Why are there so many earthquakes every day

Can there be earthquakes in Germany too?

Weak point of the Upper Rhine Graben

The strongest earthquake ever recorded in the USA occurred more than 1,500 kilometers from the nearest plate boundary in 1811. There have also been very strong earthquakes in Central Europe. For example, the Swiss city of Basel was hit by a devastating earthquake in 1356, with hundreds of deaths.

Although these quakes were registered far from the nearest plate boundary, the plates still have something to do with it. If the stresses at the boundaries get too high, they are transferred to the entire plate, exerting a lot of pressure in the process.

An earthquake can then occur at geological weak points within the plate. Such weak points can be, for example, old cracks or plate edges that have meanwhile migrated into the interior of the plate.

This is exactly the situation in Germany. The African plate is slowly advancing north and pressing itself on the Eurasian plate, on which Germany lies. As a result of this plate movement, for example, the Alps were formed over millions of years.

Southern Germany in particular is affected by this mountain formation. The regions of southern Germany and eastern France are lifted up several millimeters a year.

Between southern Germany and eastern France, however, there is a geological weak point in the Upper Rhine Rift, which can break open again and again due to great pressure. Then the earth will shake in Germany too.

It shakes frequently but weakly

Anyone who thinks that an earthquake occurs relatively rarely in our regions is wrong. Most earth tremors, however, are so weak that only sensitive seismological instruments register them.

In addition, the herds of earthquakes are distributed very differently from region to region. In northern Germany there are almost no tremors worth mentioning. Most of the registered earthquakes are concentrated in the Upper Rhine Valley, the Lower Rhine Bay, the Swabian Alb and the Vogtland.

Several hundred earthquakes are measured in Germany every year. They rarely cause damage. Really destructive vibrations that leave traces on buildings occur in this country on average every 30 years.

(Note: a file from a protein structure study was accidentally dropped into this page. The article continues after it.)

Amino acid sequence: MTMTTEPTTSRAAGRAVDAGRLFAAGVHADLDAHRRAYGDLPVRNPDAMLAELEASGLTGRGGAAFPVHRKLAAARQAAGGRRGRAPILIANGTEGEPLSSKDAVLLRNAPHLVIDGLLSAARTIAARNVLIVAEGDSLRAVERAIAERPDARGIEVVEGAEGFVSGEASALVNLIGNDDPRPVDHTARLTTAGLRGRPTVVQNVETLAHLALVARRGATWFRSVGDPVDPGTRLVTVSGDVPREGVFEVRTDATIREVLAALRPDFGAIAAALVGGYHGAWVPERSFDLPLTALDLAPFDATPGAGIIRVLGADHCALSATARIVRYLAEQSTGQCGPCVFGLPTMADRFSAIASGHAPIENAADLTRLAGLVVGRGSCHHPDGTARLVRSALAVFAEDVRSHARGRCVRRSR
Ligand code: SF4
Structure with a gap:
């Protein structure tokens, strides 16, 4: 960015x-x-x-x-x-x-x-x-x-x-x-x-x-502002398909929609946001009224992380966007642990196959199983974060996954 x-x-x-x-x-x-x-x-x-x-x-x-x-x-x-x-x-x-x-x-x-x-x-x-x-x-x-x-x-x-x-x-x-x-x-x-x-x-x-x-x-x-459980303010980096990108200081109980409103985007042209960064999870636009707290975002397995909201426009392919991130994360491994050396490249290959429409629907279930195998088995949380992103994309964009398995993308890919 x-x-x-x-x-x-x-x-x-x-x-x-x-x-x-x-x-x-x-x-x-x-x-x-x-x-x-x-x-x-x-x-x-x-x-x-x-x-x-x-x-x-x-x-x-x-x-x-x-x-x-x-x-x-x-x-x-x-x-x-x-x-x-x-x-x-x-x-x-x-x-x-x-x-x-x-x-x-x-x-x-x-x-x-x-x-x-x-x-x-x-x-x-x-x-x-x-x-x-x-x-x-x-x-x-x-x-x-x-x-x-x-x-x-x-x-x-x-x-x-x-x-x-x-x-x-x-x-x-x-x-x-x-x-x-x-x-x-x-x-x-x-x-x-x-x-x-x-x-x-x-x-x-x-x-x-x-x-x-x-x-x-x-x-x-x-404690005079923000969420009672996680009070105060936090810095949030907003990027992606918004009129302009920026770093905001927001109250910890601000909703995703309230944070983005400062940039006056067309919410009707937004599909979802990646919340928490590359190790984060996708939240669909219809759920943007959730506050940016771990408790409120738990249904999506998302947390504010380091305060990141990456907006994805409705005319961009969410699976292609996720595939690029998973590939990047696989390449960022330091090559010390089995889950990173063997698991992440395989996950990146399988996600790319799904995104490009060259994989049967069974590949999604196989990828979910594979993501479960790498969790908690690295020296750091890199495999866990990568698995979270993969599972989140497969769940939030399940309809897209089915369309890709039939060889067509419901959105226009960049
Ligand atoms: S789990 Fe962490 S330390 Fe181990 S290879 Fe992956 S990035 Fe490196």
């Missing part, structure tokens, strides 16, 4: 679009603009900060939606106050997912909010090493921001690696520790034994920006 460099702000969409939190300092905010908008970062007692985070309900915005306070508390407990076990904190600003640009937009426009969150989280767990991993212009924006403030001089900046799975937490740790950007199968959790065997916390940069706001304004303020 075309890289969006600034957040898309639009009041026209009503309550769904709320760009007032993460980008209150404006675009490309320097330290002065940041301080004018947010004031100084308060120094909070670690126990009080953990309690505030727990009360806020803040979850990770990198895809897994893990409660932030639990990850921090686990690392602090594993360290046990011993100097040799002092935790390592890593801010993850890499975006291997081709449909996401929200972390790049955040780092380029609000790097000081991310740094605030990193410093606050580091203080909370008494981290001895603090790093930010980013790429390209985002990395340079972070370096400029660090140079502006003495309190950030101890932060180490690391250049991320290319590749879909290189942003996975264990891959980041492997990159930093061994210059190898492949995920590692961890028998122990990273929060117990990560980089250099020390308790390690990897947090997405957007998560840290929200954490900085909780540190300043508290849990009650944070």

Some may still remember the night of April 12th and 13th, 1992. That night a tremendous tremor shook the entire Rhineland. The epicenter was near the Dutch city of Roermond at a depth of 18 kilometers.

Houses shook, chimneys and roof tiles fell, trees fell. More than 30 people were injured, and the property damage was estimated at around 150 million Deutschmarks on the German side alone. You could even feel the tremor in London and Munich. An earthquake of this magnitude only occurs in Germany every 80 to 100 years.

Man-made tremors

But not only geological processes can cause the earth to shake. Humans are also responsible for many a great shock inside the earth. In particular, regions in which large-scale mining is or has been carried out are highly prone to earthquakes. The reason for this are underground cavities that were created by mining.

If, for example, a tunnel driven into the mountain is no longer economically viable, the supporting supports are removed so that they can be used again elsewhere. The cavity is left to its own devices.

In most cases, the rock moves slowly and fills the tunnel over time. However, if the rock moves up in one fell swoop and in large quantities, the resulting tremors can be as strong as earthquakes.

This happened, for example, in February 2008 in Saarland. A quake triggered by coal mining shook the entire region around the town of Bilsdorf. People did not die in the strongest mining quake ever, but property damage to houses and a church was considerable.

In the past, residents had repeatedly complained about mining-related damage to their houses. The earthquake of 2008 was the reason for the operators of the hard coal mining in Saarland to only operate coal production until 2012 and to a significantly reduced extent.